Roadworthiness pass rate up
Trucks and trailers both achieved yet another all-time high pass rate at their annual roadworthiness test in the year to 31 March 2015.
Data released in the DVSA’s Moving On blog shows that the truck first-time pass rate hit 80.1%, up from 78.4% in the previous 12 months.
The rate for trailers climbed from 85.1% to 86.1%. This is the eighth successive annual improvement in the truck pass rate; back in 2002/03 it was at a low point of just 57.5%. The trailer first-time pass rate has enjoyed 13 years of uninterrupted improvement, taking it from a low of 70.5% in 2001/02.
This period of continuous improvement reflects a number of fundamental developments in the industry such as the introduction of the OCRS system, easing the headlamp aim requirements and the introduction of privately-run ATFs to replace the former government-run HGV test stations. The first-time pass rate has also become a key performance indicator for many operators, repairers and manufacturers’ dealer networks.
The trend continues to track upwards: the DVSA’s data shows that results in each quarter in 2014/15 were better than the previous quarter.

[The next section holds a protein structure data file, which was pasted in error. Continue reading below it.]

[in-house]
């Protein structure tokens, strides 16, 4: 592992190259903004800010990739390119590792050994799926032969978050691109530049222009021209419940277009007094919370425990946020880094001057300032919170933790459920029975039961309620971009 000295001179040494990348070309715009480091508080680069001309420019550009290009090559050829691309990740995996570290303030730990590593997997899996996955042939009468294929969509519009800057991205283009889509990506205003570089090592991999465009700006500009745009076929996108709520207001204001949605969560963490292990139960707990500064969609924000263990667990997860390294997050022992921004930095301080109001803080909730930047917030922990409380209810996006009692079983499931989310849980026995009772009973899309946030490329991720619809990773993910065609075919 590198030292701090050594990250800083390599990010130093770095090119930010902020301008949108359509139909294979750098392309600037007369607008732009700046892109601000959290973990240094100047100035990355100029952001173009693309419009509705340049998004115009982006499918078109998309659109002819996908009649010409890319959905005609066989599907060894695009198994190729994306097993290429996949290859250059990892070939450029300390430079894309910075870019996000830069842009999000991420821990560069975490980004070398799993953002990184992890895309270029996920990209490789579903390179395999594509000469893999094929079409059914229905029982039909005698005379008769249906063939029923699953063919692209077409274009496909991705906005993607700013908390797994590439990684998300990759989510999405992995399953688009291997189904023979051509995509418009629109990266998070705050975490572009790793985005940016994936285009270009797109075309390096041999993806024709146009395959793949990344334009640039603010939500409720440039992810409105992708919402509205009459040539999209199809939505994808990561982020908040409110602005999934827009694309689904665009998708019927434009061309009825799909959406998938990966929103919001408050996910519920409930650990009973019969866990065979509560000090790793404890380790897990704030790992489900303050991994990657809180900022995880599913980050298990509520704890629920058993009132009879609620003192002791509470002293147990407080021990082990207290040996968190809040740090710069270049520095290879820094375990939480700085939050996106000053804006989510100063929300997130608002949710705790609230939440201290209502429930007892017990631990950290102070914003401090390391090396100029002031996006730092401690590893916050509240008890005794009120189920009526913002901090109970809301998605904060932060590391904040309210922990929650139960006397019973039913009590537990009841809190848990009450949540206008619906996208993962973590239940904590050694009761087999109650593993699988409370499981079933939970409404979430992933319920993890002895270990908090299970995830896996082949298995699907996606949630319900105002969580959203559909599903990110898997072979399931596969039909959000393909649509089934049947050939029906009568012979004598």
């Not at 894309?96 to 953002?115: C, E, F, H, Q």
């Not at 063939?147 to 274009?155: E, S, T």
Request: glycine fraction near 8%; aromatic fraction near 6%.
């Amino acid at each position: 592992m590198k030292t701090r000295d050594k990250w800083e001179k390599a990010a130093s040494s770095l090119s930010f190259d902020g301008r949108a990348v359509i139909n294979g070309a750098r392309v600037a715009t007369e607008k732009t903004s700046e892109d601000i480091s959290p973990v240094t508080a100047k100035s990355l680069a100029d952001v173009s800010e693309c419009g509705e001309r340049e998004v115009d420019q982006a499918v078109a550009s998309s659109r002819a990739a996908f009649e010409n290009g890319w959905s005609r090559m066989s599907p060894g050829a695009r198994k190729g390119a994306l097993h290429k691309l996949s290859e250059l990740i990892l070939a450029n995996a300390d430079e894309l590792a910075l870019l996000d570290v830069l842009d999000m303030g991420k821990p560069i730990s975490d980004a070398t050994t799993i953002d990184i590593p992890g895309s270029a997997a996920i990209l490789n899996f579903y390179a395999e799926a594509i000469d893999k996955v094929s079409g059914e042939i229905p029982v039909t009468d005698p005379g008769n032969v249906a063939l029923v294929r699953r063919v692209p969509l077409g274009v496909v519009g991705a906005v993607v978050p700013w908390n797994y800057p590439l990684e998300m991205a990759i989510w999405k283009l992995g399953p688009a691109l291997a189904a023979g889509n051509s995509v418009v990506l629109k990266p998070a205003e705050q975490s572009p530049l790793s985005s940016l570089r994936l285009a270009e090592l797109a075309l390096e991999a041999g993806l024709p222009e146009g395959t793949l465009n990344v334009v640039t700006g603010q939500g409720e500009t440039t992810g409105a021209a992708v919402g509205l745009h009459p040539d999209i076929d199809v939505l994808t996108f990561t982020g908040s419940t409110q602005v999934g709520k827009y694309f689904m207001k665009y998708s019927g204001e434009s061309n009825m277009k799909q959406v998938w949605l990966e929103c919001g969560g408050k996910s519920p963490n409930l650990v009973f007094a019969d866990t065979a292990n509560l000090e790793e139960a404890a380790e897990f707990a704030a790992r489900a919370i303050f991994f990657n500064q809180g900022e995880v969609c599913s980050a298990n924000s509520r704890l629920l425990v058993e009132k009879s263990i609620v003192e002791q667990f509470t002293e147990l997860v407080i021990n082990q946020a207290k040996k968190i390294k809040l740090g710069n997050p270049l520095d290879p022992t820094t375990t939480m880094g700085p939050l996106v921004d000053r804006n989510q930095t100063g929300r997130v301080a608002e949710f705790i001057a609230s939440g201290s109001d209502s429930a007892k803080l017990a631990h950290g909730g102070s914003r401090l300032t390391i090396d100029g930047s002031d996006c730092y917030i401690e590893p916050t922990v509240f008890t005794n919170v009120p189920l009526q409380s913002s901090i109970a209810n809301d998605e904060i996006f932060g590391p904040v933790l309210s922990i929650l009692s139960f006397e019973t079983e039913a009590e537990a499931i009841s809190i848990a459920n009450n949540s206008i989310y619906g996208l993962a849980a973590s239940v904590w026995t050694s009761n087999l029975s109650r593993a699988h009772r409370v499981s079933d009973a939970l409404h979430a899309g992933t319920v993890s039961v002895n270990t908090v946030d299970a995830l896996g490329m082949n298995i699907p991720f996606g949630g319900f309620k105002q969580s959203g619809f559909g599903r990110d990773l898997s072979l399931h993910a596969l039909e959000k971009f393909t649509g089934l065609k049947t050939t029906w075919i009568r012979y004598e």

In the final quarter, covering tests conducted in January to March this year, the truck pass rate stood at 80.8% and for trailers it was 86.5%.
It is highly likely that pass rates will kick up yet again in 2015/16. The headlamp aim rules have been simplified and given greater tolerance on 1 April this year.
With headlamp aim still the number one truck test failure reason, this adoption of a ‘simpler more consistent standard’ is bound to impact on the overall test pass rate. The removal of a secondary brake check later this year is also likely to have a small beneficial effect on the pass rate.
- This story originally appeared in the 4 June issue. Why not subscribe and get 12 issues for just £12?